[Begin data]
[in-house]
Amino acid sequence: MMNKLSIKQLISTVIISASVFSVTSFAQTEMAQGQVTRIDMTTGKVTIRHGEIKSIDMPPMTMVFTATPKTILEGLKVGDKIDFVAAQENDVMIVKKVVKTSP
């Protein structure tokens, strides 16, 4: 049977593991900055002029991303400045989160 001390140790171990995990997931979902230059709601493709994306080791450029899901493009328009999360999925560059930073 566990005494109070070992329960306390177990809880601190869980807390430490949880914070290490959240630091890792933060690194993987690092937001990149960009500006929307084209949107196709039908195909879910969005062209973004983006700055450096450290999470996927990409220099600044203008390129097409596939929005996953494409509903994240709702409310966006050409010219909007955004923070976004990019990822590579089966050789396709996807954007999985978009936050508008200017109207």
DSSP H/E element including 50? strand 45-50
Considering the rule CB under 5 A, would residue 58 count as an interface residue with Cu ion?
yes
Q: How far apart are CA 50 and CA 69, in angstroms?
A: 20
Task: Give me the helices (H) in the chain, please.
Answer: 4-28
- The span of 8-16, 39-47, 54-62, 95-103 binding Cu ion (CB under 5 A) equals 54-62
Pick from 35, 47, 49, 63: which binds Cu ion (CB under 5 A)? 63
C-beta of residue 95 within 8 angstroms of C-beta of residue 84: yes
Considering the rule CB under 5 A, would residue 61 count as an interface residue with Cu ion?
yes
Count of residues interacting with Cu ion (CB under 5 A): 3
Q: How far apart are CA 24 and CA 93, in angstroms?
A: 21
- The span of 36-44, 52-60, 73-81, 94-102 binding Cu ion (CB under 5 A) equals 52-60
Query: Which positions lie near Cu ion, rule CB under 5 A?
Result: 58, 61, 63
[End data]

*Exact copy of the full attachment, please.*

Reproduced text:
[in-house]
Amino acid sequence: MMNKLSIKQLISTVIISASVFSVTSFAQTEMAQGQVTRIDMTTGKVTIRHGEIKSIDMPPMTMVFTATPKTILEGLKVGDKIDFVAAQENDVMIVKKVVKTSP
């Protein structure tokens, strides 16, 4: 049977593991900055002029991303400045989160 001390140790171990995990997931979902230059709601493709994306080791450029899901493009328009999360999925560059930073 566990005494109070070992329960306390177990809880601190869980807390430490949880914070290490959240630091890792933060690194993987690092937001990149960009500006929307084209949107196709039908195909879910969005062209973004983006700055450096450290999470996927990409220099600044203008390129097409596939929005996953494409509903994240709702409310966006050409010219909007955004923070976004990019990822590579089966050789396709996807954007999985978009936050508008200017109207």
DSSP H/E element including 50? strand 45-50
Considering the rule CB under 5 A, would residue 58 count as an interface residue with Cu ion?
yes
Q: How far apart are CA 50 and CA 69, in angstroms?
A: 20
Task: Give me the helices (H) in the chain, please.
Answer: 4-28
- The span of 8-16, 39-47, 54-62, 95-103 binding Cu ion (CB under 5 A) equals 54-62
Pick from 35, 47, 49, 63: which binds Cu ion (CB under 5 A)? 63
C-beta of residue 95 within 8 angstroms of C-beta of residue 84: yes
Considering the rule CB under 5 A, would residue 61 count as an interface residue with Cu ion?
yes
Count of residues interacting with Cu ion (CB under 5 A): 3
Q: How far apart are CA 24 and CA 93, in angstroms?
A: 21
- The span of 36-44, 52-60, 73-81, 94-102 binding Cu ion (CB under 5 A) equals 52-60
Query: Which positions lie near Cu ion, rule CB under 5 A?
Result: 58, 61, 63